The trucks begin lining up early in the morning at the Growmark Bussen Terminal south of downtown St. Louis, their driver-side doors bearing the names of farm towns such as Ste. Genevieve, Mo., and Bunker Hill, Ill. They come to pick up fertilizer from Russia and the Middle East that’s been shipped to the Gulf of Mexico and then to barges going up the Mississippi River. Farms are rushing to get what they need before the river’s dropping water levels shut off the flow of cargo, threatening next season’s crops. “Worst-case scenario, we run very short of supplies when they’re needed for planting,” says Joe Dillier, plant food director for Bloomington (Ill.)-based Growmark, a provider of farm equipment and fertilizer. His company is stockpiling as much urea and potash—ingredients in fertilizer—as it can in its warehouse.
The rush is on to keep customers supplied, workers employed, and commerce alive in communities that rely on the nation’s busiest waterway. The usual dry season, combined with the worst drought in 50 years, may push water levels so low by Dec. 11 that river traffic won’t be able to navigate from St. Louis to Cairo, Ill., 180 miles south.
State and local officials want the federal government to raise the limit on the water that can be released from dams on the Missouri River to the Mississippi. The U.S. Army Corps of Engineers is dredging downstream from St. Louis. On Dec. 3 the corps announced it would blast away massive limestone rock formations, known as pinnacles, that stud the riverbed near the Illinois towns of Thebes and Grand Tower. Shippers also want President Obama to declare a state of emergency. That would let the president overrule the Corps, which is reluctant to divert more water from the Missouri.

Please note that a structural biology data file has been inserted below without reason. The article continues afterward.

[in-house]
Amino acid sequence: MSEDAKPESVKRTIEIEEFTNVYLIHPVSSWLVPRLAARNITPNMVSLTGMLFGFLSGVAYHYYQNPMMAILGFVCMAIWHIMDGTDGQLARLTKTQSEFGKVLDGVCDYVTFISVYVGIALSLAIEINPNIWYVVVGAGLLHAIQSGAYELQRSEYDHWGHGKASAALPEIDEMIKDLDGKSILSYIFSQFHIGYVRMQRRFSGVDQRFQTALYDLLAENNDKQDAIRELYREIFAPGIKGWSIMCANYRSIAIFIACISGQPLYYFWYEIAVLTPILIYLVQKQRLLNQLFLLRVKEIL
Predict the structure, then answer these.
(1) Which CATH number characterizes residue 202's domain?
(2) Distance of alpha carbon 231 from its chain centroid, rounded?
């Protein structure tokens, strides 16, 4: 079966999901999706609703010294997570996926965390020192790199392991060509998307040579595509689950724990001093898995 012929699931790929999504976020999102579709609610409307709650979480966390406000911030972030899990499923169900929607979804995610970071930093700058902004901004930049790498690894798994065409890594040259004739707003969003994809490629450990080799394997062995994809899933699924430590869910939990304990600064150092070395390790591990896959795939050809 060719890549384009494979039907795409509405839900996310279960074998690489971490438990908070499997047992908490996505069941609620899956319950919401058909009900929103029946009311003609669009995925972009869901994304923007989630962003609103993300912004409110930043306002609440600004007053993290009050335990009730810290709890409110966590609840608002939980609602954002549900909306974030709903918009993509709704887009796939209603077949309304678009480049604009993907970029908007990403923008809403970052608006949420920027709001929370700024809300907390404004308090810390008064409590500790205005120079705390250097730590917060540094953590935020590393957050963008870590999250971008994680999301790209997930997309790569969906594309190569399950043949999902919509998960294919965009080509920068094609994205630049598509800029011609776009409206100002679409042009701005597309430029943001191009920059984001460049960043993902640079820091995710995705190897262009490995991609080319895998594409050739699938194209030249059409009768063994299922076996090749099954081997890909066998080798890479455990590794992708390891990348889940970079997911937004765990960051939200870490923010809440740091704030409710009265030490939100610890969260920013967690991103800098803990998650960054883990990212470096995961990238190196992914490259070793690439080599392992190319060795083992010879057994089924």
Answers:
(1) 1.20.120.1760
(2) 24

If river traffic is halted for two months, more than 20,000 jobs are at risk—from dockworkers to truckers and coal miners—and $130 million in wages and benefits, according to estimates from American Waterways Operators, a trade group for the tugboat, towboat, and barge industry. More than $2.3 billion of agricultural products, $1.8 billion in chemicals, and $1.3 billion of petroleum products normally ship in December and January, the group says.
The ripples would spread from the banks of the river—where rocks that haven’t been exposed to air in decades are now drying in the sun—to the fields and factories of the Midwest. That includes companies such as Knight Hawk Coal of Percy, Ill., about 66 miles southeast of St. Louis. The family-owned mining company employs 400 people full-time and has 300 contractors. The company hasn’t had layoffs since it opened in 1997, says Andrew Carter, vice president of sales and distribution.
Carter’s trucks normally haul coal 25 miles to barges waiting on the Mississippi, which then carry it to customers. If the river becomes unnavigable south of St. Louis, the company will have to truck coal 100 miles to the Ohio River, which can still handle barges. “That’s probably going to double my costs” and endanger jobs, says Carter.
The disruption comes just as farmers are focusing on shipping their crops into global markets, says Jack McCormick, who raises corn, soybeans, and wheat near Ellis Grove, Ill., about 50 miles southeast of St. Louis. Because the 2,300-mile-long Mississippi River is such a cheap and accessible transportation route for the area, local farmers send “almost all our crop to export. When a country buys grain, it comes from here.”